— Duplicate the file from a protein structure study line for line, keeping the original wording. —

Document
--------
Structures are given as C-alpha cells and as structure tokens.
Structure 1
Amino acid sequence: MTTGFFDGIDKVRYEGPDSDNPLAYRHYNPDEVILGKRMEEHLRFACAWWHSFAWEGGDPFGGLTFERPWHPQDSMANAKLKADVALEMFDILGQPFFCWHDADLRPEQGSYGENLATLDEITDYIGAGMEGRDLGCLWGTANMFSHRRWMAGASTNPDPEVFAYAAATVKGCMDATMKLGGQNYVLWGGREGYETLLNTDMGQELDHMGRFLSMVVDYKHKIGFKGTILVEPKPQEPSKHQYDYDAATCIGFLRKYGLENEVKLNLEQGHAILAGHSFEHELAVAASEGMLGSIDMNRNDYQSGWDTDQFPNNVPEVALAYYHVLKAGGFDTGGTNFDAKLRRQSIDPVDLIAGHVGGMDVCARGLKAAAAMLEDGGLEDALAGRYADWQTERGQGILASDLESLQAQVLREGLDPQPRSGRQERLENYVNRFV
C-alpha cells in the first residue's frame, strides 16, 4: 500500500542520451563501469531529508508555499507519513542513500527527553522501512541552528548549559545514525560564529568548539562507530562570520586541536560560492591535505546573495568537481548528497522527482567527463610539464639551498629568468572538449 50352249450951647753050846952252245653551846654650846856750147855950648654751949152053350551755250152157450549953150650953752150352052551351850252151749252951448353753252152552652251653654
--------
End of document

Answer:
Structures are given as C-alpha cells and as structure tokens.
Structure 1
Amino acid sequence: MTTGFFDGIDKVRYEGPDSDNPLAYRHYNPDEVILGKRMEEHLRFACAWWHSFAWEGGDPFGGLTFERPWHPQDSMANAKLKADVALEMFDILGQPFFCWHDADLRPEQGSYGENLATLDEITDYIGAGMEGRDLGCLWGTANMFSHRRWMAGASTNPDPEVFAYAAATVKGCMDATMKLGGQNYVLWGGREGYETLLNTDMGQELDHMGRFLSMVVDYKHKIGFKGTILVEPKPQEPSKHQYDYDAATCIGFLRKYGLENEVKLNLEQGHAILAGHSFEHELAVAASEGMLGSIDMNRNDYQSGWDTDQFPNNVPEVALAYYHVLKAGGFDTGGTNFDAKLRRQSIDPVDLIAGHVGGMDVCARGLKAAAAMLEDGGLEDALAGRYADWQTERGQGILASDLESLQAQVLREGLDPQPRSGRQERLENYVNRFV
C-alpha cells in the first residue's frame, strides 16, 4: 500500500542520451563501469531529508508555499507519513542513500527527553522501512541552528548549559545514525560564529568548539562507530562570520586541536560560492591535505546573495568537481548528497522527482567527463610539464639551498629568468572538449 50352249450951647753050846952252245653551846654650846856750147855950648654751949152053350551755250152157450549953150650953752150352052551351850252151749252951448353753252152552652251653654